Detroit faces a long legal fight over its valuable art collection and other key matters in its historic bankruptcy case that make it imperative to push back the start of a trial on the city's debt adjustment plan, a bond insurer argued on Friday.
In a filing in U.S. Bankruptcy Court, Syncora Guarantee Inc warned that lawsuits will be filed over the Detroit Institute of Arts' collection, which the city is not selling at this point to help pay its $18 billion in debt.
Syncora, which guaranteed payments on some of Detroit's bonds, and other creditors have pushed for the sale of art works to raise more cash for the city to spread among its thousands of creditors, who face steep losses in the largest municipal bankruptcy in U.S. history.
(Read more: Stories about Detroit's crisis)
In an effort to prevent a fire sale of art, a group of philanthropic foundations, the art museum and Michigan Governor Rick Snyder have pledged about $815 million to ease pension cuts for city retirees.
Prior to those pledges, auction house Christie's in December appraised the value of Detroit-owned works at the institute at $454 million to $867 million. But critics of Christie's work suggested that the appraisal of only a small slice of Detroit's collection undervalued the art collection as a potential asset in helping to resolve Detroit's bankruptcy.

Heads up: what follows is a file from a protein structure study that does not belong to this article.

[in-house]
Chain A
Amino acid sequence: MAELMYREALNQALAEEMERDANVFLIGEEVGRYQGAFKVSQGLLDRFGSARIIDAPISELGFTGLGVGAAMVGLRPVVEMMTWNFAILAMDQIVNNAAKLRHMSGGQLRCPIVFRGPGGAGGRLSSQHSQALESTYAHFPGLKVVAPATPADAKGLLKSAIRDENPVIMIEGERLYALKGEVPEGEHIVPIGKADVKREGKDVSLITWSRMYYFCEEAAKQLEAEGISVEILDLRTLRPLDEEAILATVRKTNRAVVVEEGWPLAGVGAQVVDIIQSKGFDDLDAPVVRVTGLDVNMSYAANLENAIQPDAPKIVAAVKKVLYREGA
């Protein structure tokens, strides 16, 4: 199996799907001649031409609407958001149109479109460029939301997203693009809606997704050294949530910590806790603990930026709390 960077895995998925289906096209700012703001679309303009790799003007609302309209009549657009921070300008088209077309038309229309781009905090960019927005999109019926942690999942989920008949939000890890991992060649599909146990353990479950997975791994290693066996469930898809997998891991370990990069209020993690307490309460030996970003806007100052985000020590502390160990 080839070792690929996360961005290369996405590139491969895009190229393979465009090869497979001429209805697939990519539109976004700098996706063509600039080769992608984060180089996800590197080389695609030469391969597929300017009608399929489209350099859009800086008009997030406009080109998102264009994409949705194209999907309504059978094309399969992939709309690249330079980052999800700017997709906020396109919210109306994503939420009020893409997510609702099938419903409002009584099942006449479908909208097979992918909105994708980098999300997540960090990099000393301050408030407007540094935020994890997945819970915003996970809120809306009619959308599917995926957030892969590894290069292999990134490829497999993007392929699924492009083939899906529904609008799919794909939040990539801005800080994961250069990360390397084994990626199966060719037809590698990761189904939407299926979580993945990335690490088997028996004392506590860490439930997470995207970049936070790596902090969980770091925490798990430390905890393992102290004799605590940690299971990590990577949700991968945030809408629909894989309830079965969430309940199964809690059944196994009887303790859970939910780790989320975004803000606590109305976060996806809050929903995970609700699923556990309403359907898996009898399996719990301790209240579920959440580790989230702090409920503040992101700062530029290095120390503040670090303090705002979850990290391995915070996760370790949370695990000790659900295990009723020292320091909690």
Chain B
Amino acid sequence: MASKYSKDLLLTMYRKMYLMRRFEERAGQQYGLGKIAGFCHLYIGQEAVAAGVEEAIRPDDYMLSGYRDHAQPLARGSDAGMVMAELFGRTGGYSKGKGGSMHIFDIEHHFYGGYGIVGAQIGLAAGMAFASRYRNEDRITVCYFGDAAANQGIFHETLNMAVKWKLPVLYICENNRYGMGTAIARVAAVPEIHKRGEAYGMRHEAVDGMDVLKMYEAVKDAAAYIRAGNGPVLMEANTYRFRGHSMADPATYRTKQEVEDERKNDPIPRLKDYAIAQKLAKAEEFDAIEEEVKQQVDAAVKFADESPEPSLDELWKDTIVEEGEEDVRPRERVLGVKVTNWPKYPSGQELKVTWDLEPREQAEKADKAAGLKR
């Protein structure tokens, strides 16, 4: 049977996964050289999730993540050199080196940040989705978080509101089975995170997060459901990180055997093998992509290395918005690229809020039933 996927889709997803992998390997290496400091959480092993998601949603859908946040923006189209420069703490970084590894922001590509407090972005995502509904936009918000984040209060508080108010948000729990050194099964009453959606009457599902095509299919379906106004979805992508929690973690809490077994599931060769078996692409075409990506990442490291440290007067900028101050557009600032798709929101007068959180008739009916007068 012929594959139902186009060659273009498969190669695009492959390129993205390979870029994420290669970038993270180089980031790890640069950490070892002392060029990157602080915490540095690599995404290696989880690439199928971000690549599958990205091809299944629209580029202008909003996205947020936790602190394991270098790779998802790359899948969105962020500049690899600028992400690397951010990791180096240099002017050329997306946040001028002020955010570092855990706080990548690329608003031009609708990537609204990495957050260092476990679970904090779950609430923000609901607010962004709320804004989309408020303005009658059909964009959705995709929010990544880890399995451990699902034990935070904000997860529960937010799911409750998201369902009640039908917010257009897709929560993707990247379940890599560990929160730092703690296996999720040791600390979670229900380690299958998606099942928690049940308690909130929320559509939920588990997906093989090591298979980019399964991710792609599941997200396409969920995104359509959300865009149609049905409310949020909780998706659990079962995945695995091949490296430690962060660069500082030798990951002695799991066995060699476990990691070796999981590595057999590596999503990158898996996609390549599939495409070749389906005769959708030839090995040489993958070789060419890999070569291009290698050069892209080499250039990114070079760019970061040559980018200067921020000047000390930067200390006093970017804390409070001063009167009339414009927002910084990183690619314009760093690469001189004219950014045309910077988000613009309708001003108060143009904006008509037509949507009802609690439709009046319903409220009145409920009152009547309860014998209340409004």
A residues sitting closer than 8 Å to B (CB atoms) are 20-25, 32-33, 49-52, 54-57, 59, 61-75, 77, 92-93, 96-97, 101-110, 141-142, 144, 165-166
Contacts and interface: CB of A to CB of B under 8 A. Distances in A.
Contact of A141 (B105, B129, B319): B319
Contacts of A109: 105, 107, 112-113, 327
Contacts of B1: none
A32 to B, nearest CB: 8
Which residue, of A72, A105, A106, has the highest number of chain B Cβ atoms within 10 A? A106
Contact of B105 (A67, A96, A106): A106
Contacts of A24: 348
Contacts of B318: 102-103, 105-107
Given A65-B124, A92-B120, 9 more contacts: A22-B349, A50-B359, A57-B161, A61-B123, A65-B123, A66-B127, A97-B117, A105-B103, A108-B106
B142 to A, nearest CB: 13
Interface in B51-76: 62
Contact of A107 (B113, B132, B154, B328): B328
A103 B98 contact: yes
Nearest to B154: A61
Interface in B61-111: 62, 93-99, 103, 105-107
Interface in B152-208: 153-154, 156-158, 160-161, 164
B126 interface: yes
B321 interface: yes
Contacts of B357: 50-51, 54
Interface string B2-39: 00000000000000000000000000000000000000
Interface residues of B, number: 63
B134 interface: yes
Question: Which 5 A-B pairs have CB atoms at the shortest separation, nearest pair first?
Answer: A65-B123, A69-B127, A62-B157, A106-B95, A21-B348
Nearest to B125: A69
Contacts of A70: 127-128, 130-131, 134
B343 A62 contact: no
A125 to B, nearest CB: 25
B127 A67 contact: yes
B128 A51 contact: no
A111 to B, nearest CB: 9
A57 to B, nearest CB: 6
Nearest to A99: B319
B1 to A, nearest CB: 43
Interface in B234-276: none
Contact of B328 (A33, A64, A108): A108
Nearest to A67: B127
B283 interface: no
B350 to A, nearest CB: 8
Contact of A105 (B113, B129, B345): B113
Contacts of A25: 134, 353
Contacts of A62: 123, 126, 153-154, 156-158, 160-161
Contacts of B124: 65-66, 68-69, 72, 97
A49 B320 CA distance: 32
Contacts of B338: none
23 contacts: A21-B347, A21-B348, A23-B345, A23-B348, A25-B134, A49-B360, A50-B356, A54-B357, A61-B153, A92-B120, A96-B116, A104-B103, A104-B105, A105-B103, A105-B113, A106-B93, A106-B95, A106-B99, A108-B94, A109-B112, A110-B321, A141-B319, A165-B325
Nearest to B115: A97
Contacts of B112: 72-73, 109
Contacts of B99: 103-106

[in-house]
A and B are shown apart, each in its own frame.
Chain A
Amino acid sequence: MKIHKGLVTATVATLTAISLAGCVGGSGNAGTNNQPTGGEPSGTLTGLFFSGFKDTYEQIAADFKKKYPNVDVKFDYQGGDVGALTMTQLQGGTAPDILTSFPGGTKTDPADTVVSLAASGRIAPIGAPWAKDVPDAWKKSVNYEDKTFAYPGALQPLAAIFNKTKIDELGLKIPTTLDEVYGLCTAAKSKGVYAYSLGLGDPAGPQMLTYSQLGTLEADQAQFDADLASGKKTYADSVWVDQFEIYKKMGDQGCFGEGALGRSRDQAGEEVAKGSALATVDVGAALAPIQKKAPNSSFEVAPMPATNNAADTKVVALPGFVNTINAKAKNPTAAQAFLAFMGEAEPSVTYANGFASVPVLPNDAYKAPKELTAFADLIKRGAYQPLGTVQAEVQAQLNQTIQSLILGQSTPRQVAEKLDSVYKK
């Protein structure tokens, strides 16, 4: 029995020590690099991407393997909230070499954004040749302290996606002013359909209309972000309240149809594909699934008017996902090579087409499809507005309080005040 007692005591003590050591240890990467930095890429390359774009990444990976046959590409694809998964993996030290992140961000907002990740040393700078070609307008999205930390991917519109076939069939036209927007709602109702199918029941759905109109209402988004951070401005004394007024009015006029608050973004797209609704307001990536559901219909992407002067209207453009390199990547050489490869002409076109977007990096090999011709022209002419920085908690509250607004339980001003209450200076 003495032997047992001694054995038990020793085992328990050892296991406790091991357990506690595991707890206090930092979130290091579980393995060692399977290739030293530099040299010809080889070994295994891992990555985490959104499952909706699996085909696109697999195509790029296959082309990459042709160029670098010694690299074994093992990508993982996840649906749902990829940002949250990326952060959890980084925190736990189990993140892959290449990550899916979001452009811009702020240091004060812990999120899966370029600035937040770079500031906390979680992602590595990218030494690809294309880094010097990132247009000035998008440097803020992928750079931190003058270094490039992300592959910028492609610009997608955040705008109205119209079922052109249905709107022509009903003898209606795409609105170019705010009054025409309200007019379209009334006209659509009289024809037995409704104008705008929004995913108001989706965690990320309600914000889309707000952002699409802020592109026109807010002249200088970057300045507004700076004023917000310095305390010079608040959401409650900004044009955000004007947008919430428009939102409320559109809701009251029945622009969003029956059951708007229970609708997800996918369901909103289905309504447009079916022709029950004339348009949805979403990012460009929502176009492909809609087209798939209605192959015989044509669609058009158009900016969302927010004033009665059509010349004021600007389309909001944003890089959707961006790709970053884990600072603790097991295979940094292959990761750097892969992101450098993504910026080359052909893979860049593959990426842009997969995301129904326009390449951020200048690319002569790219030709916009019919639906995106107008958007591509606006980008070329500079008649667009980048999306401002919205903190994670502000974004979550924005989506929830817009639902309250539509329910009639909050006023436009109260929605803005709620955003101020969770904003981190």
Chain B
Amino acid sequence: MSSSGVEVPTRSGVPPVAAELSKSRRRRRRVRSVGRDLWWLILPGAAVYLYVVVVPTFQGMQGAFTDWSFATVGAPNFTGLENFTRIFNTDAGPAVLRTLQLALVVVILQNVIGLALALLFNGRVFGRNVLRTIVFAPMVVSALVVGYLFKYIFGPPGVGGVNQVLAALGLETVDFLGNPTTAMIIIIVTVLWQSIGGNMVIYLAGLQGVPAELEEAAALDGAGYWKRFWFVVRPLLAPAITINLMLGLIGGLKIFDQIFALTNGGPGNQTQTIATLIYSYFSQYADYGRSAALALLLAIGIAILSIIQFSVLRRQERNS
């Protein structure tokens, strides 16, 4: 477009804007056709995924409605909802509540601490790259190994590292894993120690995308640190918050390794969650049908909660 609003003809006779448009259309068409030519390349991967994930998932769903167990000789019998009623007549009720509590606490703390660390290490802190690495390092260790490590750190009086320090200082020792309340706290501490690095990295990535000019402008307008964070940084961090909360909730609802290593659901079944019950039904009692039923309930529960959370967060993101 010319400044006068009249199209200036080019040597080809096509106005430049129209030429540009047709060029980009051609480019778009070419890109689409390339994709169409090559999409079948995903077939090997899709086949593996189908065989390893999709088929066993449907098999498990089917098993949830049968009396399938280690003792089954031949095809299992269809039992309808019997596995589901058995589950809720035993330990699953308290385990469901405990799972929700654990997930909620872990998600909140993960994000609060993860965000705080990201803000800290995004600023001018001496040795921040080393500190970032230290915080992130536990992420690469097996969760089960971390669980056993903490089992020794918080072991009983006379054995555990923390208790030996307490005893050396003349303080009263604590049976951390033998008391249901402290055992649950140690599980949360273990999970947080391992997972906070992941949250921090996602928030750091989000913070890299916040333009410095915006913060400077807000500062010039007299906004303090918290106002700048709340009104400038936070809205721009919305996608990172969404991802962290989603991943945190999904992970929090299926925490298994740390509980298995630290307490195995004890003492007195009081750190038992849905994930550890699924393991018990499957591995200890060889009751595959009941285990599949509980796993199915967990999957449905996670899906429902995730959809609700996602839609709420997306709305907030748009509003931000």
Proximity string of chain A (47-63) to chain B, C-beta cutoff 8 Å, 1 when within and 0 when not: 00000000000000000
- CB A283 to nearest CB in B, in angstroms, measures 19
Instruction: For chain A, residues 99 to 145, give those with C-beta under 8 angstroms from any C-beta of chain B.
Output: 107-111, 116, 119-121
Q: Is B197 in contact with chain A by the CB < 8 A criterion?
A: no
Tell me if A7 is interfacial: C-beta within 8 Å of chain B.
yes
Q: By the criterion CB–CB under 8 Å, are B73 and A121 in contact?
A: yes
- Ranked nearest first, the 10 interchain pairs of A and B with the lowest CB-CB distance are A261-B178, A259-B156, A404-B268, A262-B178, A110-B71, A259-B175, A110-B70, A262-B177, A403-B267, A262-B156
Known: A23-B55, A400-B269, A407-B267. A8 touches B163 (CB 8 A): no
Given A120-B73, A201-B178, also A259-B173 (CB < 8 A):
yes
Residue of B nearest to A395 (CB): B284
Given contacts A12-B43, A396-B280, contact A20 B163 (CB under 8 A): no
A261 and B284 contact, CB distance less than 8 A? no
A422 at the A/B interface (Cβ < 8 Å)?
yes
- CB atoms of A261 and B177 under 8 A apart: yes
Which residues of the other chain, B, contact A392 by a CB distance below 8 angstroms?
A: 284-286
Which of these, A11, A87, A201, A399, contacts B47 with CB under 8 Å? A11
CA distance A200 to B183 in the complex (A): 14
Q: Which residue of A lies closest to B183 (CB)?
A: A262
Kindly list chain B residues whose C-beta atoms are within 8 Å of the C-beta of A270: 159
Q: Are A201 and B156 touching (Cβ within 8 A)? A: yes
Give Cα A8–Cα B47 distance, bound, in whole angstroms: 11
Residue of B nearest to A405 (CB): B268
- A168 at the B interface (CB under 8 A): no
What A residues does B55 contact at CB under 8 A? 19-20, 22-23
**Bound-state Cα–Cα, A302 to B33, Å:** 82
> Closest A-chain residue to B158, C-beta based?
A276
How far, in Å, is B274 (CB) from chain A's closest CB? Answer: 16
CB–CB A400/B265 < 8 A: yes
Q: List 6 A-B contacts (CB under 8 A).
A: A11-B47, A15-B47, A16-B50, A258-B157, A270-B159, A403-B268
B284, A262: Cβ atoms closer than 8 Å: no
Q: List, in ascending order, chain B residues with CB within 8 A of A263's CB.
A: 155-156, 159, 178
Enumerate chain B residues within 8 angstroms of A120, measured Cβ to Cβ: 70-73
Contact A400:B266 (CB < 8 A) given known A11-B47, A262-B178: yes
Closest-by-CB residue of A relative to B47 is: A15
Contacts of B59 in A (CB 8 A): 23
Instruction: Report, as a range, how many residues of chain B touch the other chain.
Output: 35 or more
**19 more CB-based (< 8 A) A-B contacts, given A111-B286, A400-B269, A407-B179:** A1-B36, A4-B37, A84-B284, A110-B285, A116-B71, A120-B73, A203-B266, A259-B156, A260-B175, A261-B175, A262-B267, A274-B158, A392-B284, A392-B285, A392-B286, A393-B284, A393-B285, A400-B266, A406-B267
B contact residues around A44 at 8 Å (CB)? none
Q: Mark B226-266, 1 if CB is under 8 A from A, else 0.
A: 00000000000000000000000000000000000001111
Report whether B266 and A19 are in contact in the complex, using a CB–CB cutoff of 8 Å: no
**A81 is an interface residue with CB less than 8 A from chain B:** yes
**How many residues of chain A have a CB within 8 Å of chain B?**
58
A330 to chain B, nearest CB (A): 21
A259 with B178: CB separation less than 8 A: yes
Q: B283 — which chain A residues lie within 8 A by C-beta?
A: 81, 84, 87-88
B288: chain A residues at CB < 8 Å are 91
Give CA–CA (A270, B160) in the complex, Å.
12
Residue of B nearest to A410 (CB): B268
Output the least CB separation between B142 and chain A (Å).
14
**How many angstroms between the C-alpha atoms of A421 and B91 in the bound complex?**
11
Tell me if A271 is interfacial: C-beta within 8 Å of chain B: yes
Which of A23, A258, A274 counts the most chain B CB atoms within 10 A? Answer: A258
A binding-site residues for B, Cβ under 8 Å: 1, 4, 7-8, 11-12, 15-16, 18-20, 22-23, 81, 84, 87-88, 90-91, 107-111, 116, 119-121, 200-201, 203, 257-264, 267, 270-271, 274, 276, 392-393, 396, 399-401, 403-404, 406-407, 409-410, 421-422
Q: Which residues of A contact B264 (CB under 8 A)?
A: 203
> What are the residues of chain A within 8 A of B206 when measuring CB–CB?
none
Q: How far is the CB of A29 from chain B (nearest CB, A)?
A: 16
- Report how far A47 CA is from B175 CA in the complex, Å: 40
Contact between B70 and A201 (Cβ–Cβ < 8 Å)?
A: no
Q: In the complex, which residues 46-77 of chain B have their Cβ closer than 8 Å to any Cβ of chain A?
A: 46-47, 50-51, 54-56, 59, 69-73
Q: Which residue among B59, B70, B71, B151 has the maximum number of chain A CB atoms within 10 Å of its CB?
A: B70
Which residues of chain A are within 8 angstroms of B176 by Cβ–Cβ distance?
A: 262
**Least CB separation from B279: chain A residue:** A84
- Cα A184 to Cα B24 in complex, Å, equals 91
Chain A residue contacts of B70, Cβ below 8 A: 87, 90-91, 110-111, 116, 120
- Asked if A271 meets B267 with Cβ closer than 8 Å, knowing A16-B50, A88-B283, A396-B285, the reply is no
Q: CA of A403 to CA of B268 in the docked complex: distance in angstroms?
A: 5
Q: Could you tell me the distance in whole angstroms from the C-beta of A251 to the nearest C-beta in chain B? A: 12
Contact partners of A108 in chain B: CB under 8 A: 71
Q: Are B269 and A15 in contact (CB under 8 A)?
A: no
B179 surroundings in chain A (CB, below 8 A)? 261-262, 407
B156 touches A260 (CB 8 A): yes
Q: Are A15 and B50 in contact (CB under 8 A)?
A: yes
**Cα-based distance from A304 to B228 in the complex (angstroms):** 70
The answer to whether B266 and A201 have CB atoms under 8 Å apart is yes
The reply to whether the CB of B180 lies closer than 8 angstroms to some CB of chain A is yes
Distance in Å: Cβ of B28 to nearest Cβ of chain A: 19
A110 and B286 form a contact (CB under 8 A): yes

"Given the city's odd decision to value just 5 percent of the entire collection and its repeated failure to provide ownership information, there will be litigation surrounding the art and it will be time consuming," Syncora said in its objection.
Syncora was among several creditors that requested a delay on Friday, the deadline Judge Steven Rhodes set for objections to his schedule that called for a trial to start on June 16.
The plan Detroit filed with the U.S. Bankruptcy Court a week ago would result in cuts to city worker pensions and even deeper cuts to holders of certain Detroit bonds that were lumped into the city's nearly $12 billion pile of unsecured debt.